Obama’s job speech: will it put an end to political gamesmanship?
Between the Lines
After the August employment report came and it showed the economy flatlining (at least for a month) on new jobs, President Obama’s jobs plan is coming right on time. Lazy ass Congress is back at work, after a summer of political gamesmanship, and we will now see if all the “big talk” will turn to action. Or will it be more of the ideological bickering that led to gridlock the past year, and the whining of Democrats that the president is not fighting hard enough.
Me, myself, I want to see if the mighty-mouthed Congressional Black Caucus (CBC) is going to continue to get punked and their butts kicked by the Tea Partiers some more, or if they are going to stand up for their constituents’ interests like the Tea Party throws down for theirs. It’s one thing to call for a trillion-dollar jobs package, it’s another thing to pass one. They want the president to put the “bully” back into the bully pulpit. What’s Congress putting up …besides some more rhetoric. That’s what we need to watch for in the president’s job speech. Is the gamesmanship going to continue?
Everybody appears to be emboldened during this period of employment desperation. It’s opened the door for the noise and noisemakers to create the same illusions and delusions ideologues have become known for.
Republicans think government can’t save us and new taxes will bury us. The Democrats think government, namely the president, can make industry create work for a segment that has been discriminated against forever. I’d be curious to find out how many people were hired from the CBC job fairs around the country. Or was it another “smoke and mirrors” engagement to make politicians look good. Industry will always show up. They don’t always hire.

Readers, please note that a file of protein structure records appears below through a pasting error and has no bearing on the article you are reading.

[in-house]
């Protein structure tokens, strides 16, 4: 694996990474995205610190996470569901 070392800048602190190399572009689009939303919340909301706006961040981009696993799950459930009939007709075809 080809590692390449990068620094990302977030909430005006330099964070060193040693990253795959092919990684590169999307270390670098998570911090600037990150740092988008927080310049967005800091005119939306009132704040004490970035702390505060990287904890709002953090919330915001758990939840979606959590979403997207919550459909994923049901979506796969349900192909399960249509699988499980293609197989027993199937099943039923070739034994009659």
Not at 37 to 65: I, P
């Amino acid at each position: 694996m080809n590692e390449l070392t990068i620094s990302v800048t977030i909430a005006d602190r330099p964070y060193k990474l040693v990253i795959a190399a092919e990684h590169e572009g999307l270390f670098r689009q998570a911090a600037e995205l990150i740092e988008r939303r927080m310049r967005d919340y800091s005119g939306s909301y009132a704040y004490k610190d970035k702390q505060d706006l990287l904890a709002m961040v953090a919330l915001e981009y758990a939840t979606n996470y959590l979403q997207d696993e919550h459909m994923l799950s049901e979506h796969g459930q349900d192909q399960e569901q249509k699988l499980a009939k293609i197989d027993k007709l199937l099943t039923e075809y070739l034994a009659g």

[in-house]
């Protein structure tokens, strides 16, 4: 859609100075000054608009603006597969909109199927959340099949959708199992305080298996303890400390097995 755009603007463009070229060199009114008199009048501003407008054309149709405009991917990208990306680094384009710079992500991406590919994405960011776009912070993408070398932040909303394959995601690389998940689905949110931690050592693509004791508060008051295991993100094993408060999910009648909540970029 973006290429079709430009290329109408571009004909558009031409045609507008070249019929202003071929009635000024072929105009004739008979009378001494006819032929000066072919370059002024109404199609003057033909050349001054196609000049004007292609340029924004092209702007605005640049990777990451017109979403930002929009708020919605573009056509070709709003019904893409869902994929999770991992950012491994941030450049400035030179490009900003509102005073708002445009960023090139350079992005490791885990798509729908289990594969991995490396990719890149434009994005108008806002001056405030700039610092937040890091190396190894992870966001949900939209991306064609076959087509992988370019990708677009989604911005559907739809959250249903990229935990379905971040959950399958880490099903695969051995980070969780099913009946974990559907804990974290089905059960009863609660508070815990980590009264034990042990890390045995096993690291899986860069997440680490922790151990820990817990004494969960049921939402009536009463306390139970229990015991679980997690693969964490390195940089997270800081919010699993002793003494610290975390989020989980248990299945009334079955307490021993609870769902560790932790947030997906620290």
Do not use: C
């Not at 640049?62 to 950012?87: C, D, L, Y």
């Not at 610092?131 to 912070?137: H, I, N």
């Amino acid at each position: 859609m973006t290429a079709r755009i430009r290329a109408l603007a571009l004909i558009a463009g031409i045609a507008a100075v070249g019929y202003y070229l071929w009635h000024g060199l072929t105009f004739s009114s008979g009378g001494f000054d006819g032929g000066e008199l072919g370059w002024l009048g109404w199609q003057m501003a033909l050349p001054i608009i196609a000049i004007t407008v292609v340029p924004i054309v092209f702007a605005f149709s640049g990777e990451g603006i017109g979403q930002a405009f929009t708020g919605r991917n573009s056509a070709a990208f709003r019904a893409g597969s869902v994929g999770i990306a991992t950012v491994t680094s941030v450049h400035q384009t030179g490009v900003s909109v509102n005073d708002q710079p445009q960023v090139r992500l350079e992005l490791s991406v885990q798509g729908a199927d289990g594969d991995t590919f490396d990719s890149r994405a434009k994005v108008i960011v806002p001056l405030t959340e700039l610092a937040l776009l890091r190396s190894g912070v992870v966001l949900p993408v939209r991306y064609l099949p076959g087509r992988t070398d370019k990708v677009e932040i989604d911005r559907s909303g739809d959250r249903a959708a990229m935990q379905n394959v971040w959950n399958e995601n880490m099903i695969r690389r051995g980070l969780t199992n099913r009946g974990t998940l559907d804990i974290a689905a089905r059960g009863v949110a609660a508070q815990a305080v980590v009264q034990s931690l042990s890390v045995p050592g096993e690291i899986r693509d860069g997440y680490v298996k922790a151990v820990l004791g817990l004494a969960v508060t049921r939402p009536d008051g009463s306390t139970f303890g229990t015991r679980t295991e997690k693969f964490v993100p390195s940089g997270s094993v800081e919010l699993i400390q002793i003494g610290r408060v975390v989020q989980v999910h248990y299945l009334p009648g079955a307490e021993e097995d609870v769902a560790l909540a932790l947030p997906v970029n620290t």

The job fairs were a demonstration showing the level of frustration out there. It was great theater, and it pandered to a most desperate base, Black people. But as one curtain comes down, and another one goes up, does everybody know their cues? I’m sure the Republicans know theirs. They continue to frustrate the process, as Boehner showed in not deferring to the president’s wish to speak to Congress a day earlier. They continue to tap his chest and knock the chip off his shoulder.
And certainly less sophisticated players would be in a fight by now. I know I would. But it’s the same strategy Obama used to get elected president.
The president loses control in an all-out-fight, and it reduces the political landscape to “politics as usual,” which is what the Republicans want. They want him to use old tactics to fight this politic of obstructionism and gamesmanship. What are the Democrats in Congress doing to deflect that? What is the CBC doing to deflect the obstructionism, other than become a part of the rhetorical gamesmanship? We’ll see.
Those Democrats on the schoolyard yelling “fight, fight, fight,” were quiet as church mice during the debt ceiling debate. But got brave during the summer vacation. Now that they’re back in school, they’re the ones calling for the president to fight harder. It seems they are quicker to push somebody else into a fight than fight themselves. Let’s see if they can get a trillion-dollar jobs package through Congress, even if the president doesn’t propose it. You bad! Go ahead, do something, besides talk.
This is going to be an interesting session of Congress, because we’re getting ready to see if the Democrats really know how to fight. Yeah, we’ll be watching the president squabble, but will it be 218 against 218, or will it be one against 435? Is the CBC just looking to push the president into a fight? Or is it willing to push the Democrats in Congress to fight? We’ll see where the rhetoric meets the road, very soon.
Anthony Asadullah Samad, Ph.D., is a national columnist, managing director of the Urban Issues Forum and author of the upcoming book, “Real Eyez: Race, Reality and Politics in 21st Century Popular Culture.” He can be reached at www.AnthonySamad.com or on Twitter at @dranthonysamad.
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